Inside, the attention to detail, for instance in the use of mahogany, the constant testing of panels and the curving walls of the bar area, reflects the care put into the job by the shipbuilders (who lived in modular buildings on site). It gleams, and you want to touch it. Nicknames will abound for the building, but the architects don't mind, seeing it as proof of its popularity. But if it had been a public building in a more public area, its avant-garde nature would have been (sadly) more difficult for locals to have stomached.

Both the boat-builders and the architects learned on the job, and Levete says the 'can-do' nature of the Pendennis workers - whose usual stock in trade is 'super-yachts' - was a refreshing change from traditional builders. This 'deck-shoes versus wellington boots' approach provides a timely model for the Egan-like 'rethinking' of construction and innovation, an unlikely departure by an institution not noted for its radicalism.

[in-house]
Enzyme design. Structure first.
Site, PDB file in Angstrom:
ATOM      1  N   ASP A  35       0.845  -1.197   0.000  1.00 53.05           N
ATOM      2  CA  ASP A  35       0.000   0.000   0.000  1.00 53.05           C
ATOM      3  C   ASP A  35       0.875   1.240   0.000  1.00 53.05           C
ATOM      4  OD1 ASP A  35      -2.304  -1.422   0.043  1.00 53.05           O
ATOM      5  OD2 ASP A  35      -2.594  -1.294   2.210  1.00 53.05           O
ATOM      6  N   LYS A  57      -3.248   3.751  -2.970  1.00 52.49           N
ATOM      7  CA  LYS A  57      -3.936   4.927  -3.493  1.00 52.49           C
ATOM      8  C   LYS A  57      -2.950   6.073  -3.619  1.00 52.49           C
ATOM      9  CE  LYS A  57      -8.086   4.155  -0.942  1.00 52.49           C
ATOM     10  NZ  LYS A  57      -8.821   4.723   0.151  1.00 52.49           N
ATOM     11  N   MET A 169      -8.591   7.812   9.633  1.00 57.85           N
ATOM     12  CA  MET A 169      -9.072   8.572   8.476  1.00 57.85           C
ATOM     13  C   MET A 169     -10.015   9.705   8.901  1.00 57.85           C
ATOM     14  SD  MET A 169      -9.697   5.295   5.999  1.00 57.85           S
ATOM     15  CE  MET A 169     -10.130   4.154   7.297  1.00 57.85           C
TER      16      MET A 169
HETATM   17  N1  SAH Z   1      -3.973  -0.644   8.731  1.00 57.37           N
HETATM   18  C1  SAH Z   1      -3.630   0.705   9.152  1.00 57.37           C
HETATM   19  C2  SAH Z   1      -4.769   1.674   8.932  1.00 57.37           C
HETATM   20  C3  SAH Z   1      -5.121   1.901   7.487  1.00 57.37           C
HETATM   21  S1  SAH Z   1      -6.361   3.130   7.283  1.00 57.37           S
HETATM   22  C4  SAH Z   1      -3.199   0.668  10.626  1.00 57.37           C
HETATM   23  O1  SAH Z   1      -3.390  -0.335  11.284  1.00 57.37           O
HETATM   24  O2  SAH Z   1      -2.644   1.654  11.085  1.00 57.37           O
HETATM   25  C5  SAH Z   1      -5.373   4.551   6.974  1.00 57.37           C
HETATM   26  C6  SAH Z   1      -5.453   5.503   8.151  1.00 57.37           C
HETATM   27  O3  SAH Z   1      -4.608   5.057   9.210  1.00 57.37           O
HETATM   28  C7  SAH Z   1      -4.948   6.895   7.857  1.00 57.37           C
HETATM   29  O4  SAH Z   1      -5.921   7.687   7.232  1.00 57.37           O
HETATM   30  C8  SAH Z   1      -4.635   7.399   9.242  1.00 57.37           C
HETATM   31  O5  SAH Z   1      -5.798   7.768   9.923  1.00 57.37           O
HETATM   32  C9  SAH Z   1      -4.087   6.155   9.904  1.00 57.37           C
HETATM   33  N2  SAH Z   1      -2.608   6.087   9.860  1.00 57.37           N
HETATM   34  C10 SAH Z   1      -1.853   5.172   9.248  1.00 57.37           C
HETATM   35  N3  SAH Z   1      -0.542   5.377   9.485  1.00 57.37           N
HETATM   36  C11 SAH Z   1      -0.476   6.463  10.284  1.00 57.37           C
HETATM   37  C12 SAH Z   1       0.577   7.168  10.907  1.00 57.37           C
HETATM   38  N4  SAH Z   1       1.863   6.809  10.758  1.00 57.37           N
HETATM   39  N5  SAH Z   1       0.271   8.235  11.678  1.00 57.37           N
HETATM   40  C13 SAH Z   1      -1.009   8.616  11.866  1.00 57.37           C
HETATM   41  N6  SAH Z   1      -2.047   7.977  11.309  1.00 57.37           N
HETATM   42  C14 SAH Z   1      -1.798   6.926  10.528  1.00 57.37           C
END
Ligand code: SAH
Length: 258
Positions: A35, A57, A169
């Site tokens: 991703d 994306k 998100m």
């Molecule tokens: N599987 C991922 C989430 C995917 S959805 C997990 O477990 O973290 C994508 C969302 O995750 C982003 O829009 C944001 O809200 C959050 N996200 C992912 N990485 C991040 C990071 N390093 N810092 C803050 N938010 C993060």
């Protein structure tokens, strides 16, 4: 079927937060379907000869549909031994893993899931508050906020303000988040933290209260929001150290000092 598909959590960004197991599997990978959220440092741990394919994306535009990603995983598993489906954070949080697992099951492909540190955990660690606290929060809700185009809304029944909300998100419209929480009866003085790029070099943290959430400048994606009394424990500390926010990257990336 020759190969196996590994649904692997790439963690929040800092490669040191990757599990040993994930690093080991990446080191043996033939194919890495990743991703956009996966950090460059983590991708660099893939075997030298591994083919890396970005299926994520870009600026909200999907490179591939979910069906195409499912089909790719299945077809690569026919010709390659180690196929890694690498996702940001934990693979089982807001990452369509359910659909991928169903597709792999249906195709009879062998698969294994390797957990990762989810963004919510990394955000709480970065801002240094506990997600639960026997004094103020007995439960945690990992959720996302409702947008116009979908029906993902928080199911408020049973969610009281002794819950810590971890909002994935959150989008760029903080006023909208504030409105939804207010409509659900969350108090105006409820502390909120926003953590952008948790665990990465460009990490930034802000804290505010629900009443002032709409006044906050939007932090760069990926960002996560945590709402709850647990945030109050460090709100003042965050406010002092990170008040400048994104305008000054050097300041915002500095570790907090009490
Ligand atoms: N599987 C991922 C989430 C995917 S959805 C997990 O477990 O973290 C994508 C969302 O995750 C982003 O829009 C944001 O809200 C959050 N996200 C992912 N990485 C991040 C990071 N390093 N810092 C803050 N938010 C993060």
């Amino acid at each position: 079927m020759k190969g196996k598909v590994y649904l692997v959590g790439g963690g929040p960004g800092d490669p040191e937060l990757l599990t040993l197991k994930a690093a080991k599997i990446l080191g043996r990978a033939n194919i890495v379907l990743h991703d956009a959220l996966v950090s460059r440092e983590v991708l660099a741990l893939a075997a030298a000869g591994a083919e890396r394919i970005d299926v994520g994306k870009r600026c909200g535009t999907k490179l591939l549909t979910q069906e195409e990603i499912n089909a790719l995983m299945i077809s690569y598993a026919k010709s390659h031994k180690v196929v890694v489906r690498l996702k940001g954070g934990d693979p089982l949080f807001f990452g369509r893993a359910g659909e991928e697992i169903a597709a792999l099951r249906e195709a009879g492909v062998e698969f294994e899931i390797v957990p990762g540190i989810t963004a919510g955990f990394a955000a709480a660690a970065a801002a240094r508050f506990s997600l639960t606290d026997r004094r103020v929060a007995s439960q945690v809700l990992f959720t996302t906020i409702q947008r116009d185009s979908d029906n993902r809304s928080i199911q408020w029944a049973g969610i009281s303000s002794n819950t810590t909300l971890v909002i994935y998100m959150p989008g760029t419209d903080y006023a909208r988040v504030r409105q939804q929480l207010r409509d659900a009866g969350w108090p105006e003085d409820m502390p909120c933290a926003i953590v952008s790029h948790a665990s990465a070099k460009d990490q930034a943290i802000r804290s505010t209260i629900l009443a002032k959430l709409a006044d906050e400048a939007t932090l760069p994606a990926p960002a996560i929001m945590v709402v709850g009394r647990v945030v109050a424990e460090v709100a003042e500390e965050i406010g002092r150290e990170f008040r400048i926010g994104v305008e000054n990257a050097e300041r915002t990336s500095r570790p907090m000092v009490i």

And so to function. The building is accessed via two concrete stair towers - originally in early sketches it was just one - or by a lift. The towers have been left partially clad for cost reasons, and accommodate the bulky cabling the tv crews install and dismantle every match. The stairwells also provide access to the Hopkins-designed Compton and Edrich Stands, which the Centre straddles. The media centre stands cheekily, but with reverence to its noted companions, 15m in the air, with its top edge 21m above the ground. Extensive research has shown that although it is actually possible to strike a cricket ball to reach the building, the glass - 12mm laminated plus 6mm annealed - is strong enough to resist blows of even 80mph, and panes will not fall on to spectators below. Phew! The 40m glass frontage is sharply angled downwards to prevent reflections dazzling the players, and allows the specially commissioned cool baby-blue tones inside to be visible from around the ground. The 'mid-range' colour also avoids throwing the building's users into too much contrast with their backgrounds when they get up and move around.